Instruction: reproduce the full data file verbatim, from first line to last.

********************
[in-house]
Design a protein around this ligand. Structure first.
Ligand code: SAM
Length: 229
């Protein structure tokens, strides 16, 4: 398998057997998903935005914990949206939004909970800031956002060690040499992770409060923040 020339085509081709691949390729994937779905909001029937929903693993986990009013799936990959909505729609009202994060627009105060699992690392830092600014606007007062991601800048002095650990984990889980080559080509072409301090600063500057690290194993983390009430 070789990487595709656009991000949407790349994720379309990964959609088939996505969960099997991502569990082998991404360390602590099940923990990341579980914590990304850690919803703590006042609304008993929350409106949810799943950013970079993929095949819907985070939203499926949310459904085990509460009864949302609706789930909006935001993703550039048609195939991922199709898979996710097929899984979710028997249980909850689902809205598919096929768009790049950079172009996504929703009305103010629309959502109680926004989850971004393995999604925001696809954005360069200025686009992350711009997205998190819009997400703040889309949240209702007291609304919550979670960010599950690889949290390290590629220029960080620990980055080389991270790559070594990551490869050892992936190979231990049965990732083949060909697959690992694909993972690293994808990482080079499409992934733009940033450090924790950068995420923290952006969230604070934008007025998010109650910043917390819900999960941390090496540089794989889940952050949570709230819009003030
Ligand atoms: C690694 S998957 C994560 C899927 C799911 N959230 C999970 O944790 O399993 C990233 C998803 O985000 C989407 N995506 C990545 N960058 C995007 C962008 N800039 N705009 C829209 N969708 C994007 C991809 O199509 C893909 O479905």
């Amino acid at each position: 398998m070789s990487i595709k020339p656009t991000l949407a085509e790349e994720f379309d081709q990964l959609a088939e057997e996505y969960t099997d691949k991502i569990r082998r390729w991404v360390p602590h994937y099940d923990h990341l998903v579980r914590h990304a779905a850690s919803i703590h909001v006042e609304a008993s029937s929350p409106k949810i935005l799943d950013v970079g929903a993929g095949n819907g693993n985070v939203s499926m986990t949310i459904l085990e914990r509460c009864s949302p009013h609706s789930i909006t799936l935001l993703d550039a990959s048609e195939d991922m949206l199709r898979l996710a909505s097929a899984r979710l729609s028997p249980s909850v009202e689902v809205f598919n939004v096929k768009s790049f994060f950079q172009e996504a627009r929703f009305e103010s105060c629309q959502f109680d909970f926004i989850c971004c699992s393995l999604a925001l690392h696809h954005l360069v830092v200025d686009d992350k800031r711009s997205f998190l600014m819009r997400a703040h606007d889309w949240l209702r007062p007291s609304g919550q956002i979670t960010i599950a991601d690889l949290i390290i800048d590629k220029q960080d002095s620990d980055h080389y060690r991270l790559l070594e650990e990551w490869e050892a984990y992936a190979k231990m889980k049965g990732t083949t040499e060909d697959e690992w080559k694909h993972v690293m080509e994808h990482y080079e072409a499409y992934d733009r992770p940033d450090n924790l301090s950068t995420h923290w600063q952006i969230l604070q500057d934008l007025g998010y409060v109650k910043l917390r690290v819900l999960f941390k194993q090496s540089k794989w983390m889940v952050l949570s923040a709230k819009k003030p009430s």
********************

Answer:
[in-house]
Design a protein around this ligand. Structure first.
Ligand code: SAM
Length: 229
């Protein structure tokens, strides 16, 4: 398998057997998903935005914990949206939004909970800031956002060690040499992770409060923040 020339085509081709691949390729994937779905909001029937929903693993986990009013799936990959909505729609009202994060627009105060699992690392830092600014606007007062991601800048002095650990984990889980080559080509072409301090600063500057690290194993983390009430 070789990487595709656009991000949407790349994720379309990964959609088939996505969960099997991502569990082998991404360390602590099940923990990341579980914590990304850690919803703590006042609304008993929350409106949810799943950013970079993929095949819907985070939203499926949310459904085990509460009864949302609706789930909006935001993703550039048609195939991922199709898979996710097929899984979710028997249980909850689902809205598919096929768009790049950079172009996504929703009305103010629309959502109680926004989850971004393995999604925001696809954005360069200025686009992350711009997205998190819009997400703040889309949240209702007291609304919550979670960010599950690889949290390290590629220029960080620990980055080389991270790559070594990551490869050892992936190979231990049965990732083949060909697959690992694909993972690293994808990482080079499409992934733009940033450090924790950068995420923290952006969230604070934008007025998010109650910043917390819900999960941390090496540089794989889940952050949570709230819009003030
Ligand atoms: C690694 S998957 C994560 C899927 C799911 N959230 C999970 O944790 O399993 C990233 C998803 O985000 C989407 N995506 C990545 N960058 C995007 C962008 N800039 N705009 C829209 N969708 C994007 C991809 O199509 C893909 O479905």
């Amino acid at each position: 398998m070789s990487i595709k020339p656009t991000l949407a085509e790349e994720f379309d081709q990964l959609a088939e057997e996505y969960t099997d691949k991502i569990r082998r390729w991404v360390p602590h994937y099940d923990h990341l998903v579980r914590h990304a779905a850690s919803i703590h909001v006042e609304a008993s029937s929350p409106k949810i935005l799943d950013v970079g929903a993929g095949n819907g693993n985070v939203s499926m986990t949310i459904l085990e914990r509460c009864s949302p009013h609706s789930i909006t799936l935001l993703d550039a990959s048609e195939d991922m949206l199709r898979l996710a909505s097929a899984r979710l729609s028997p249980s909850v009202e689902v809205f598919n939004v096929k768009s790049f994060f950079q172009e996504a627009r929703f009305e103010s105060c629309q959502f109680d909970f926004i989850c971004c699992s393995l999604a925001l690392h696809h954005l360069v830092v200025d686009d992350k800031r711009s997205f998190l600014m819009r997400a703040h606007d889309w949240l209702r007062p007291s609304g919550q956002i979670t960010i599950a991601d690889l949290i390290i800048d590629k220029q960080d002095s620990d980055h080389y060690r991270l790559l070594e650990e990551w490869e050892a984990y992936a190979k231990m889980k049965g990732t083949t040499e060909d697959e690992w080559k694909h993972v690293m080509e994808h990482y080079e072409a499409y992934d733009r992770p940033d450090n924790l301090s950068t995420h923290w600063q952006i969230l604070q500057d934008l007025g998010y409060v109650k910043l917390r690290v819900l999960f941390k194993q090496s540089k794989w983390m889940v952050l949570s923040a709230k819009k003030p009430s």